New Commissioner Emphasizes Policy Form Compliance

New Commissioner Emphasizes Policy Form Compliance

August 2008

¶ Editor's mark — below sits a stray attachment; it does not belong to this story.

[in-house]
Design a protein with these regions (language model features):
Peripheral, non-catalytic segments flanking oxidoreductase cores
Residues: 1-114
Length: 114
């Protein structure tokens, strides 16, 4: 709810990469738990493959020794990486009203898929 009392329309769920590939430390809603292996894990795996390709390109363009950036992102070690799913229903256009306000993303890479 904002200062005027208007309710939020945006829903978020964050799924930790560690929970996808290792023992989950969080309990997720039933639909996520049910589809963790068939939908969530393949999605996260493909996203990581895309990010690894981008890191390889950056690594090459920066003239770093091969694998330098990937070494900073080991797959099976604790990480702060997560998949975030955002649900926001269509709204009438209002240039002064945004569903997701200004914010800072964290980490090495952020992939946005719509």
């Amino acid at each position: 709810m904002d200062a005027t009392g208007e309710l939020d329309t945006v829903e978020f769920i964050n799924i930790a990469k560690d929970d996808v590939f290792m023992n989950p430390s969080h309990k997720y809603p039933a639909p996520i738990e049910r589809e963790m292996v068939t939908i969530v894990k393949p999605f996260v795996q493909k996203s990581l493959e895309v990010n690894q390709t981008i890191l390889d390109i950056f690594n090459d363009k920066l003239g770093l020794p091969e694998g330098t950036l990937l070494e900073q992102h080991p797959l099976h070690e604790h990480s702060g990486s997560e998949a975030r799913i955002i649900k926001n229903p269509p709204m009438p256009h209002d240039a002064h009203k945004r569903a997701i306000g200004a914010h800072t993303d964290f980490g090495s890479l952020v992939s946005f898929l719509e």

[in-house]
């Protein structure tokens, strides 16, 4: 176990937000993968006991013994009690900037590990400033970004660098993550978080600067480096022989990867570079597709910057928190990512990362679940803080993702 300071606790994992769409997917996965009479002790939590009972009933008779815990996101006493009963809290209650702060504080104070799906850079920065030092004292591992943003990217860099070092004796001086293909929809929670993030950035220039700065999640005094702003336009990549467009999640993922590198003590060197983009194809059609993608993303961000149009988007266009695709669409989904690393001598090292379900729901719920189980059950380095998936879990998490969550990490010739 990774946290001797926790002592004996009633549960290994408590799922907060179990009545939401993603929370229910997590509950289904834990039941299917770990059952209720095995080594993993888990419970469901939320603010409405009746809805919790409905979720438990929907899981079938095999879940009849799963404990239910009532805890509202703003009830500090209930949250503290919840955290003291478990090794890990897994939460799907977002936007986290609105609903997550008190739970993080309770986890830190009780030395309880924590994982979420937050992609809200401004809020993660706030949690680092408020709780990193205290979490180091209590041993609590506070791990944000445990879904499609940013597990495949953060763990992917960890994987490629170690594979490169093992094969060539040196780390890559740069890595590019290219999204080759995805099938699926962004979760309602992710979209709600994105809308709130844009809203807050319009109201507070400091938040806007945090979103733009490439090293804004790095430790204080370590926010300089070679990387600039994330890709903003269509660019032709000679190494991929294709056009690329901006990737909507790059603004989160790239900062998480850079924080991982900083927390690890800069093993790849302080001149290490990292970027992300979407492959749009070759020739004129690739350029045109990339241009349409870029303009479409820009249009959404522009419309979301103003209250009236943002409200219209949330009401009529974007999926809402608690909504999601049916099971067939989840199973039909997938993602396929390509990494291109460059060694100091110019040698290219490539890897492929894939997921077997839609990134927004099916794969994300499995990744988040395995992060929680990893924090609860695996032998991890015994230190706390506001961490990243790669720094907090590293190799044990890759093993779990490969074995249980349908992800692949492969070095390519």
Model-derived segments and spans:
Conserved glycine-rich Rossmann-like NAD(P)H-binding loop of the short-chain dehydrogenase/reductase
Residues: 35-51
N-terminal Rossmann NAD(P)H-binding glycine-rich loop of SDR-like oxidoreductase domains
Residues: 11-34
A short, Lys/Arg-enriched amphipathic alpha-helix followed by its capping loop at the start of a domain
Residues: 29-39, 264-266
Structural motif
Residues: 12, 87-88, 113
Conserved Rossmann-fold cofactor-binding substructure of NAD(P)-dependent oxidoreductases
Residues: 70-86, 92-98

My recent appointment as Commissioner of the Office of Financial and Insurance Regulation ("OFIR") provides me with the opportunity to highlight our agency's efforts to protect Michigan consumers in a variety of ways. I want to take this chance to focus attention on an often-overlooked but nonetheless important means of consumer protection: insurance form filing review. In Rory v Continental Ins Co.,1 the plaintiffs, who were injured in an automobile accident, filed a claim with the defendant insurer for uninsured motorist benefits. The defendant denied plaintiffs' claim based on a clause in the insurance contract requiring uninsured motorist claims to be filed within one year of the accident.2 The plaintiffs filed suit based on the defendant's denial of plaintiffs' claim and both the trial court and the Michigan Court of Appeals held the one year period of limitations set forth in the insurance contract was unreasonable.3 The Michigan Supreme Court reversed the Court of Appeals, stating that "the judiciary is without authority to modify unambiguous [insurance] contracts or rebalance the contractual equities struck by the contracting parties"....4 In so holding, the Supreme Court noted the review of insurance contracts was a function specifically reserved for the Commissioner of Insurance: Clearly, the Legislature has assigned the responsibility of evaluating the "reasonableness" of an insurance contract to the person within the executive branch charged with reviewing and approving insurance policies: the Commissioner of Insurance.5 What the Supreme Court may or may not have known was that former Insurance Commissioner, D. Joseph Olson, exempted many insurance forms from review in an exemption order issued on January 29, 1997.6 In response to the Rory case, my predecessor, Commissioner Linda A. Watters, established the Rory Group-a committee comprised of OFIR staff supported with legal assistance from the Office of the Attorney General. This group was charged with identifying deceptive or otherwise objectionable insurance policy clauses and providing the Commissioner with recommended courses of action for each clause. Clauses causing concern to various individuals have been brought to the attention of the Rory Group in a number of ways: (1) through data calls by OFIR for the production of certain policy forms (last done in 2006); (2) policy forms submitted with complaints from consumers and/or their attorneys; (3) referrals from the NAIC; or (4) referrals from other consumer advocate sources (legislators, etc.). These clauses were then reviewed by the Rory Group and evaluated taking into account legality, as well as industry and public impact. Clauses found to be "inconsistent, ambiguous, or misleading" or which contain "exceptions and conditions that unreasonably or deceptively affect the risk purported to be assumed"7 could be subject to a variety of potential action by OFIR, including: (1) the promulgation of rules, (2) issuing notices of disapproval, (3) issuing prohibition orders and (4) issuing public warnings and/or advisories regarding the use of such clauses in insurance contracts. The specific clause at issue in the Rory case required a claim against the insurer for uninsured motorist coverage to be filed within one year of the date of the accident, which was significantly shorter than the time period afforded by statute for bringing such claims (six years from the denial of coverage). Further investigation revealed the use of these shortened limitation of action clauses was not merely confined to no-fault insurance policies. Consistent with recommendations made by the Rory Group, OFIR promulgated administrative rules prohibiting prospective use of these clauses and requiring insurers utilizing forms incorporating the shortened limitation of action clauses to file such forms with OFIR.8 Another type of clause identified by the Rory Group and addressed in a similar manner were so called "discretionary clauses", which gave insurers the final say in claim decisions under a particular policy and effectively eliminated any meaningful review of claim denials. As to these discretionary clauses, the Rory Group proposed, and OFIR promulgated, administrative rules prohibiting prospective use of discretionary clauses and requiring insurers utilizing forms containing such clauses to file the forms with OFIR.9 Most recently, a public hearing was held with regard to the Rory Group's work and more specifically, on the issues of electronic form filing and modification of Order No. 97-010-M. At the public hearing, OFIR received and considered both oral and written testimony regarding the public's desire for policyholder protection and industry's concerns relative to any chilling effect additional regulatory controls may have on the industry's ability to bring innovative products to market in an efficient and cost effective manner. While most jurisdictions require insurance forms be filed and reviewed by insurance regulators on the front end, Michigan does not. Since the issuance of Order No. 97-010-M, Michigan has operated on a hold/no file basis with respect to many insurance forms. However, movement toward a more traditional approach appears probable if some insurers continue to be, what might be termed, overly aggressive in the clauses they draft. The experience of the Rory Group has made it clear to me that, particularly in the personal lines area, it is good public policy for OFIR to devote scarce resources to policy form review. I invite all insurers with questions and/or comments concerning the Rory Group or the form review process to contact my Chief of Staff, Joe Garcia, at (517) 373-7466 or via email at garciaj7@michigan.gov. About Commissioner Ken Ross Ken Ross was named Commissioner, Office of Financial and Insurance Regulation, by Governor Jennifer M. Granholm effective February 22, 2008. As Commissioner, Mr. Ross is responsible for, among other things, the regulation of Blue Cross Blue Shield, 27 HMOS, 169 domestic insurance companies, 1,303 foreign insurance companies, and 146,419 insurance agents. Prior to being appointed as Commissioner, Mr. Ross was the Acting Commissioner and the Deputy Commissioner for Policy. In addition to managing Policy Division staff and spearheading the Commissioner's legislative agenda, his duties included serving as the principle liaison to the Michigan Legislature, working with a variety of internal and external stakeholders concerning all legislative issues pertaining to the financial services industries in Michigan, testifying before legislative committees and meeting with state and federal policymakers on issues of concern falling within OFIR's public policy footprint. Prior to coming to OFIR, Mr. Ross served as the Vice President of Regulatory and Legal Affairs for the Michigan Credit Union League (MCUL) and as an Assistant Attorney General in the Tort Defense Division. Mr. Ross earned a J.D. cum laude, from Thomas M. Cooley Law School and a Bachelors degree, double majoring in Philosophy and Political Science from the University of Michigan-Dearborn. _____________________________________________________________________ 1. Rory v Continental Ins Co, 473 Mich 457 (2005) 2. Rory at 462. 3. Rory at 463. 4. Rory at 461. 5. Rory at 475 (footnote omitted). 6. Order No. 97-010-M 7. MCL 500.2236(5) 8. R 500.2211-500.2212 9. R 500.2201-500.2202